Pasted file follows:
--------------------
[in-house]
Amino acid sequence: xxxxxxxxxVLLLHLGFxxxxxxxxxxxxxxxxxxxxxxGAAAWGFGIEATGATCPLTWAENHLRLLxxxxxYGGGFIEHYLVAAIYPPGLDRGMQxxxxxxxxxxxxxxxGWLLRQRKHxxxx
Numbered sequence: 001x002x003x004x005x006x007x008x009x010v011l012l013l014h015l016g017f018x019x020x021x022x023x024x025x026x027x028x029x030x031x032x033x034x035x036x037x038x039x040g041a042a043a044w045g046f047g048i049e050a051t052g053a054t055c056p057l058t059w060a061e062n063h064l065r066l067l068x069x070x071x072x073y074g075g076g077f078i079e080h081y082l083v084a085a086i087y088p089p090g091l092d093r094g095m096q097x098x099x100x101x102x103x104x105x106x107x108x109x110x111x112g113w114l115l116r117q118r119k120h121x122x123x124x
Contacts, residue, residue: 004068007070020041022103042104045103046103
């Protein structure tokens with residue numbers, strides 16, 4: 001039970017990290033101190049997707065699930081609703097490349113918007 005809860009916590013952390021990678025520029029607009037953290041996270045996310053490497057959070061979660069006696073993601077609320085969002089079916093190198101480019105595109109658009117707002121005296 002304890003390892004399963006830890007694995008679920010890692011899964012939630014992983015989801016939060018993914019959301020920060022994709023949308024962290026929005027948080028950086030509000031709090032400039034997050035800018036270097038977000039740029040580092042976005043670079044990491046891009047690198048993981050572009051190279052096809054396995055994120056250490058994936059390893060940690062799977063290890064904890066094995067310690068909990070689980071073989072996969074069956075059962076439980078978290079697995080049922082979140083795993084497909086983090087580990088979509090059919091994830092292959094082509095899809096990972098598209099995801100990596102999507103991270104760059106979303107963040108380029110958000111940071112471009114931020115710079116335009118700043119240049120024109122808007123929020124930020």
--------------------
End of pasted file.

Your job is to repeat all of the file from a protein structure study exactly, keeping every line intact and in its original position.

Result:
[in-house]
Amino acid sequence: xxxxxxxxxVLLLHLGFxxxxxxxxxxxxxxxxxxxxxxGAAAWGFGIEATGATCPLTWAENHLRLLxxxxxYGGGFIEHYLVAAIYPPGLDRGMQxxxxxxxxxxxxxxxGWLLRQRKHxxxx
Numbered sequence: 001x002x003x004x005x006x007x008x009x010v011l012l013l014h015l016g017f018x019x020x021x022x023x024x025x026x027x028x029x030x031x032x033x034x035x036x037x038x039x040g041a042a043a044w045g046f047g048i049e050a051t052g053a054t055c056p057l058t059w060a061e062n063h064l065r066l067l068x069x070x071x072x073y074g075g076g077f078i079e080h081y082l083v084a085a086i087y088p089p090g091l092d093r094g095m096q097x098x099x100x101x102x103x104x105x106x107x108x109x110x111x112g113w114l115l116r117q118r119k120h121x122x123x124x
Contacts, residue, residue: 004068007070020041022103042104045103046103
């Protein structure tokens with residue numbers, strides 16, 4: 001039970017990290033101190049997707065699930081609703097490349113918007 005809860009916590013952390021990678025520029029607009037953290041996270045996310053490497057959070061979660069006696073993601077609320085969002089079916093190198101480019105595109109658009117707002121005296 002304890003390892004399963006830890007694995008679920010890692011899964012939630014992983015989801016939060018993914019959301020920060022994709023949308024962290026929005027948080028950086030509000031709090032400039034997050035800018036270097038977000039740029040580092042976005043670079044990491046891009047690198048993981050572009051190279052096809054396995055994120056250490058994936059390893060940690062799977063290890064904890066094995067310690068909990070689980071073989072996969074069956075059962076439980078978290079697995080049922082979140083795993084497909086983090087580990088979509090059919091994830092292959094082509095899809096990972098598209099995801100990596102999507103991270104760059106979303107963040108380029110958000111940071112471009114931020115710079116335009118700043119240049120024109122808007123929020124930020």